The threat from the Islamic State group will likely endure for years to come, even if it loses all the territory it once held under its so-called "
In a report, 20 experts on the Middle East and jihadism also described how organizations such as Al-Qaeda and the group formerly known as the Al-Nusra Front are adapting methods and continuing to expand.
A US-led coalition has since 2014 been striking IS targets in Iraq and Syria, pushing the extremist group out of vast areas and forcing it try to cling to two remaining power centers, Mosul in Iraq and Raqa in Syria.
Coordinated by the United States Institute of Peace (USIP), the report highlights how the relatively narrow military focus overlooks broader issues that enabled the rise of groups like IS.
"Eliminating an extremist group physically does not defang its ideology or change the underlying circumstances that allowed the group to gain traction in the first place," the report states.
"Reconstruction, rehabilitation and particularly reconciliation are just as important as any military counterterrorism campaign in building societal resilience against the appeal of extremism. Failure to carry out these steps has been a recurrent problem."
The report highlights regional youth unemployment, with the rate of jobless youths in Gaza and the West Bank now 43 percent, 35 percent in Iraq, and 42 percent in Egypt.
As the coalition chips away at IS, the group retains appeal for would-be jihadists, the report notes, saying IS will likely endure for "years to come as a pure insurgency using terrorist tactics."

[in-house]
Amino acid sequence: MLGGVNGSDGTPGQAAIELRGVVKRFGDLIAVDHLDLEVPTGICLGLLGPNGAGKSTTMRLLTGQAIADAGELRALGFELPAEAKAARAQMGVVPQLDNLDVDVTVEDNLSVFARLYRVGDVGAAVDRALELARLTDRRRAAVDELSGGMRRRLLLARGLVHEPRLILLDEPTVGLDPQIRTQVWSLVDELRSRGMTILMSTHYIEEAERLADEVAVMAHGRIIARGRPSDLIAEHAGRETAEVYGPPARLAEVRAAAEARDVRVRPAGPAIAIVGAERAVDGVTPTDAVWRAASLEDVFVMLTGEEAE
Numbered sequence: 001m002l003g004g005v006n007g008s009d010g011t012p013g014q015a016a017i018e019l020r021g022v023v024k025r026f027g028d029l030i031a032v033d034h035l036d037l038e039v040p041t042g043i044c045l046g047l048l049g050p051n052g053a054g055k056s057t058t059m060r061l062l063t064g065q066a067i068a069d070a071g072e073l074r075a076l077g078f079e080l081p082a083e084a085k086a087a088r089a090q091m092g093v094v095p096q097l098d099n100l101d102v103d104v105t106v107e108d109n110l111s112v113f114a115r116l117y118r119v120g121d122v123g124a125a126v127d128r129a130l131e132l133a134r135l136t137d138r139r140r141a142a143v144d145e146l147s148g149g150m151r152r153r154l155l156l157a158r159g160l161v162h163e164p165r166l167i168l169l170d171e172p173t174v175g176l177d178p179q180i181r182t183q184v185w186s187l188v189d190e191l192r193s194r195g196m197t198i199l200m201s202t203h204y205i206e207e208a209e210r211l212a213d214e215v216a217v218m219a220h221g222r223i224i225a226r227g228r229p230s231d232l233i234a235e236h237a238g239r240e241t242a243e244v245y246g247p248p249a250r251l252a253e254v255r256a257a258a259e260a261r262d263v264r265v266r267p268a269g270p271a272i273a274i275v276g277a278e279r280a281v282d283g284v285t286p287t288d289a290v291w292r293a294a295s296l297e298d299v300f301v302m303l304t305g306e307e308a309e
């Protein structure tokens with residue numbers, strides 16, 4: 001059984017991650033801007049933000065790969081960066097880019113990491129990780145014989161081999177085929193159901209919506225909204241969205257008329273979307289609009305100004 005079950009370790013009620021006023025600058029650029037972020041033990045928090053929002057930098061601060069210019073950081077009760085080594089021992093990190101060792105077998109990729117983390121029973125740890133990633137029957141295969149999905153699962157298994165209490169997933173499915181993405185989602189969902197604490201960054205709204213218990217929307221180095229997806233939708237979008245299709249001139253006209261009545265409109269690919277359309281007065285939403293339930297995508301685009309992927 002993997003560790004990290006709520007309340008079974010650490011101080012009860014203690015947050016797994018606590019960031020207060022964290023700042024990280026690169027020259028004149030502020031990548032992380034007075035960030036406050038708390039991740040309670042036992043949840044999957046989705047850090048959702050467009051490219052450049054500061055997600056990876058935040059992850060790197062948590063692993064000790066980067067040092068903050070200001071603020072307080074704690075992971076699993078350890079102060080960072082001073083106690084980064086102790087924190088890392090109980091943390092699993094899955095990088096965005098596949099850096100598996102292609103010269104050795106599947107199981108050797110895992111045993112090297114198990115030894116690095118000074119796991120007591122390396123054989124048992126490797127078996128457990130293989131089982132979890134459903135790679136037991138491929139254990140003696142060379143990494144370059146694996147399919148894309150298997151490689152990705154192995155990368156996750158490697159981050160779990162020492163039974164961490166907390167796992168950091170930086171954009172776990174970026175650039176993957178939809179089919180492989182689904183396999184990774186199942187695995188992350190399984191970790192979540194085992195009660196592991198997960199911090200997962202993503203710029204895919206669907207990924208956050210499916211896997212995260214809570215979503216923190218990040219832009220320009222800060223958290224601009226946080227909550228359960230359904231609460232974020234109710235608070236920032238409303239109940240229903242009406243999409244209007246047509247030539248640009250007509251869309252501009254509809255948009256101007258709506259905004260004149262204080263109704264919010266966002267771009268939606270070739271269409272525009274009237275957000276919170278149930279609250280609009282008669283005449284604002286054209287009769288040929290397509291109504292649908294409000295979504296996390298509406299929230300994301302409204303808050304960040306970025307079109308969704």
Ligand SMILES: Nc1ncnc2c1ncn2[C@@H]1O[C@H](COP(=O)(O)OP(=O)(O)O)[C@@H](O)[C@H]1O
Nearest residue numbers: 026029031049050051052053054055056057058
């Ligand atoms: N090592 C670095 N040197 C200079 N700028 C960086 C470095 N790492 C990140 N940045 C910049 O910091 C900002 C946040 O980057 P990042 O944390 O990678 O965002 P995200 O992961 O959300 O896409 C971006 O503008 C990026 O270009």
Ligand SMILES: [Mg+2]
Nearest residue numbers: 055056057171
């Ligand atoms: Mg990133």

"It revolutionized mobilization of supporters and sympathizers in the West, a lasting legacy as well as a future threat," it adds.
Meanwhile, another extremist group has grown rapidly in Syria.
Fateh al-Sham, the former Al-Qaeda affiliate previously known as Al-Nusra Front, now has about 10,000 fighters, with nearly a third of its ranks coming from Russia, Europe and elsewhere in the Middle East, the report states.
Additionally, Al-Qaeda has persisted despite the 2011 death of its leader Osama bin Laden.
The report describes how the organization has become an increasingly savvy political operator, while IS relies on ruthlessness and brutal coercion to hold power.
Al-Qaeda "has demonstrated an ability to evolve and adapt to shifting political trends," the report states.
"In the future, Al-Qaeda has the potential to be a greater jihadist threat than" IS, it says.
President-elect Donald Trump has claimed he would "bomb the shit" out of the IS group, though he offered few details.
Such rhetoric is unlikely to help matters, the report notes.
"The jihadist agenda is likely to be heavily defined by where and how -- and how much -- the outside world intrudes. The larger the intervention, especially by the West, the greater the reaction," it states.